Moving beyond service-model considerations, does this pause in normal operations provide a place from which to reevaluate the overall set of policies and subsequent services that academic libraries provide to their communities? What exactly are the bounds of our individual communities – enrollment and employment? As publicly funded institutions, is there opportunity to collaborate further to create more inclusive support services for learners, teachers and researchers, in the spirit of the open movement? I am very skeptical that this level of reflection and change will occur, certainly any time soon, but I do think that these conversations currently have a foothold that they did not pre-pandemic. Considering global library perspectives and solutions provides valuable insights for us to consider in BC (IFLA 2020).
Sajni: In the move to online it became very clear that students on our campus heavily relied on the library’s desktop computers and laptops available through our lending program. It also became clear that the physical spaces for studying and engaging with each other was a vital component of the library’s physical space and how students saw the library as part of the campus environment. This is not really surprising, but was put into stark relief when everything shut down so quickly and right before the exam period. This should tell us a lot about how to support students when we do eventually return to the physical campus and how to consider equitable access to technology, spaces and services.
In addition, in light of everything that has happened in the last year, I think it further should draw our attention to how our collections, spaces, and contextual framings of information in academic libraries are still firmly rooted in white supremacy (Santamaria, 2020; Sierpe, 2019) and colonization (Edwards, 2019). While many of us are actively working to include a deeper awareness of this in our teaching, through critical information literacy, social justice focused practices, and OwnVoices we are still working within a system that does not always allow for this work to succeed. However, this perspective feels too hopeless. I think what this ‘virtual moment’ shows us is that we can be forced to change, and at a faster pace than we thought possible. We have learned that institutions, and those of us that work within them, can pivot, we can change. So, we can take this as an opportunity, where possible, and when supported, to ensure that we change our library practices, policies, and values to reflect the world we want to live in.
What opportunities do you see, or ideas do you have for the future to address inclusivity in library practices?
Barbara: One of the main challenges that I foresee in improving inclusivity long-term is a desire to return to “normal operations” when the pandemic draws to a close. I see an opportunity to examine library services from non-library viewpoints before restarting them. At UBC we have an Inclusion Action Plan, an Indigenous Strategic Plan, and Truth and Reconciliation Commitments on the Okanagan Campus. Can we imagine an exercise in which we take advantage of this pause in normal operations to examine library services from these perspectives, and then actually commit to making change based on the analysis? I would imagine that if we did this, the resources that we have traditionally put toward staffing service desks, operating buildings and purchasing collections would need to be realigned to ensure that those various elements of an academic library were in support of inclusion. When our library closed and halted most services in March 2020, the technology access issues that Sajni mentioned were definitely apparent. We heard immediately from many students who had no other place to study, and needed solutions provided by the Library in order to be successful in their education. Would an evaluation led by our strategic documents allow us to create robust access to space, technology, and collections that were flexible enough to support students in this unprecedented pandemic closure? Unlikely. But they may allow us to better support those students under “normal” circumstances by improving human connections, accessibility, socioeconomic-informed scaffolding of technology access and study space, and free/open access to resources.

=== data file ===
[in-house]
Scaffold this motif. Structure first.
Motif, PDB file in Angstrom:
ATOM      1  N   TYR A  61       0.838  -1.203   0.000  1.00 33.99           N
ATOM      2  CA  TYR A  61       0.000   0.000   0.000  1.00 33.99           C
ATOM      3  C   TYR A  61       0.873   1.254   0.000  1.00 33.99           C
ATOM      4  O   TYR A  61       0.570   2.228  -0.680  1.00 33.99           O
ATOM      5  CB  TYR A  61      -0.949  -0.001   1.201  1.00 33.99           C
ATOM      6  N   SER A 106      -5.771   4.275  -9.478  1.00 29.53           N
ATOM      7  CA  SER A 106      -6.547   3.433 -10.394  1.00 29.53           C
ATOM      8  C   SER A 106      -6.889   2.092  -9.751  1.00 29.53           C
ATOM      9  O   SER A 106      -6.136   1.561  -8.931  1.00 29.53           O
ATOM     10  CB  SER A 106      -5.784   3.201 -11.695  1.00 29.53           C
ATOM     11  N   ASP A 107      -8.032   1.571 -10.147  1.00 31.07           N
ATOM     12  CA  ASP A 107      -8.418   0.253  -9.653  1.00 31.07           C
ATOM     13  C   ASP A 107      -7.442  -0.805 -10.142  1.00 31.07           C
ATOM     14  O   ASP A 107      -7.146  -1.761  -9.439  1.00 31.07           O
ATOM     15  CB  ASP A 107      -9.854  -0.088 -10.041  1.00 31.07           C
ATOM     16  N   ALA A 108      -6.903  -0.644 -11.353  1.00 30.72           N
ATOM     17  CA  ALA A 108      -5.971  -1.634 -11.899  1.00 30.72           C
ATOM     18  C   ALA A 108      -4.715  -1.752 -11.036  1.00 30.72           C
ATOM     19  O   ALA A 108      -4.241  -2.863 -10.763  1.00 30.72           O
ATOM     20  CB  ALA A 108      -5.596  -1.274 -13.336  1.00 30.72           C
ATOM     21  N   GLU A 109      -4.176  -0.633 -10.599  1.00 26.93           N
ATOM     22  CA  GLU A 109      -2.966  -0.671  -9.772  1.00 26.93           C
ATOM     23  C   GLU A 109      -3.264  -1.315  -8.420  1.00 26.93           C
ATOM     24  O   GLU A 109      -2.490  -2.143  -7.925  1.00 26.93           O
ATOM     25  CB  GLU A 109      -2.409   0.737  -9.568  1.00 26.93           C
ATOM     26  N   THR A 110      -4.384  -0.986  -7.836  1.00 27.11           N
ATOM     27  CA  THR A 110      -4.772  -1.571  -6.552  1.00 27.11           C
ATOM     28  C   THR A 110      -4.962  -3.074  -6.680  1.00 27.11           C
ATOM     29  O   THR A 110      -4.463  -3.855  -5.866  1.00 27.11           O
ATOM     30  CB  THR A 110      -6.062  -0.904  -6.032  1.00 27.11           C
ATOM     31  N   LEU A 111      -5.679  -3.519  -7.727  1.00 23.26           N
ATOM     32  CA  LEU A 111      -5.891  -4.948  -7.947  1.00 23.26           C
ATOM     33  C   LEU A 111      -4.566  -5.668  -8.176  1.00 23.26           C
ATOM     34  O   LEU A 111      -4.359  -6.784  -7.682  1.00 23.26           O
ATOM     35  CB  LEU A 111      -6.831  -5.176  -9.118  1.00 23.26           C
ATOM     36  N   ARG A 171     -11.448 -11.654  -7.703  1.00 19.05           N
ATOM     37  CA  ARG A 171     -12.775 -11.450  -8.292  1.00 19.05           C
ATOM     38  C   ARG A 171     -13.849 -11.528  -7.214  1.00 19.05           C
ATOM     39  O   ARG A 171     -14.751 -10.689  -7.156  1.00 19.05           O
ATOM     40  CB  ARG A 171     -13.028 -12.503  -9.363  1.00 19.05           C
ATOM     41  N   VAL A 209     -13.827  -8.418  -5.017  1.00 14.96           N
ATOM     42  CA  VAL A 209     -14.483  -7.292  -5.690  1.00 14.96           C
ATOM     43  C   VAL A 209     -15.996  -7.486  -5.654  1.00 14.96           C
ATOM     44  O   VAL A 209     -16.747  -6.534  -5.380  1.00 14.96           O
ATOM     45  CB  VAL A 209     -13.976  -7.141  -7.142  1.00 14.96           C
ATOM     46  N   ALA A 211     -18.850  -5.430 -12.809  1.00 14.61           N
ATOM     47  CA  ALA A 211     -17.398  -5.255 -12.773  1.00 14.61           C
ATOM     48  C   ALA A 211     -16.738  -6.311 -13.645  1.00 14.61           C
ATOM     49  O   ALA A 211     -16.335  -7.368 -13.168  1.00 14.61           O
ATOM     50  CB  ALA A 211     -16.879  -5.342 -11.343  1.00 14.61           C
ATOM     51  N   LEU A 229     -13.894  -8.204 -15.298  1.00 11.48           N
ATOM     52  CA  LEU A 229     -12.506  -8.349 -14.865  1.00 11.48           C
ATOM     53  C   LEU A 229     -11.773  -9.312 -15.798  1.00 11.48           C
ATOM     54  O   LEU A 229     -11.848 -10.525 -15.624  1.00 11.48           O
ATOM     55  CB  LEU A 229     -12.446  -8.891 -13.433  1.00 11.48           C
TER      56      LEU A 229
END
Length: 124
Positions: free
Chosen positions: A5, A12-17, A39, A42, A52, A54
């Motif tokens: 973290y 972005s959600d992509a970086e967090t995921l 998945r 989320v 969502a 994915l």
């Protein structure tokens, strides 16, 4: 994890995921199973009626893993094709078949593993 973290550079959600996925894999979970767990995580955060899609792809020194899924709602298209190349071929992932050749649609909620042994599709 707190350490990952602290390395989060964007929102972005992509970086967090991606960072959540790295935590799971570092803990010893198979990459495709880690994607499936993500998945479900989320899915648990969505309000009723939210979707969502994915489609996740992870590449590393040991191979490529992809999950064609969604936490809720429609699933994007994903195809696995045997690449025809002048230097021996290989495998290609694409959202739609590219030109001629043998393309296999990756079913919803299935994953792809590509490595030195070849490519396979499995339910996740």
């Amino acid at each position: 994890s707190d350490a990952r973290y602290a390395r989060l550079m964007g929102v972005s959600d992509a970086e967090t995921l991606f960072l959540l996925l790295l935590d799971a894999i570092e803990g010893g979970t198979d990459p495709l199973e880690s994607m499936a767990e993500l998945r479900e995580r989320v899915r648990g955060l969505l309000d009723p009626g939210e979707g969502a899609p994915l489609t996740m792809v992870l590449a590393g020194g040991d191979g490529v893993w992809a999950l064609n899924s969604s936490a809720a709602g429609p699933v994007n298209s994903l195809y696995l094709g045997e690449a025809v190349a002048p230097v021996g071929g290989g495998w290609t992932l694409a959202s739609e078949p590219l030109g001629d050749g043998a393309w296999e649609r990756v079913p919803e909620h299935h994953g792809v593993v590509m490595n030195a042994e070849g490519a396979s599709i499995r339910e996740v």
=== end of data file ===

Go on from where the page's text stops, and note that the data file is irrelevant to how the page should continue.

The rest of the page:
Sajni: To start, I want to echo what Barbara has said above. I think we will need to ensure that we do not return to business as normal whenever we are able to return to the physical campus. UBC in particular has put out a number of plans that we will need to be held accountable for (Inclusion Action Plan, TRC, and Indigenous Strategic Plan). These provide us with a framework to build our work on as we go forward. I think there is an opportunity to use these documents to create more opportunities for students’ voices, diverse voices, and to provide space for those of us who work in libraries to listen to what is needed from our services. I think we have learned the services that students are using remotely can inform what they may continue to use more in the future: access to open resources and textbooks, multiple points of asking questions, ease with which to connect the library to open web sources, self-serve tools and resources, etc.
Barbara Sobol is a Public Services Librarian at UBC Okanagan Library
Sajni Lacey is a Learning and Curriculum Support Librarian at UBC Okanagan Library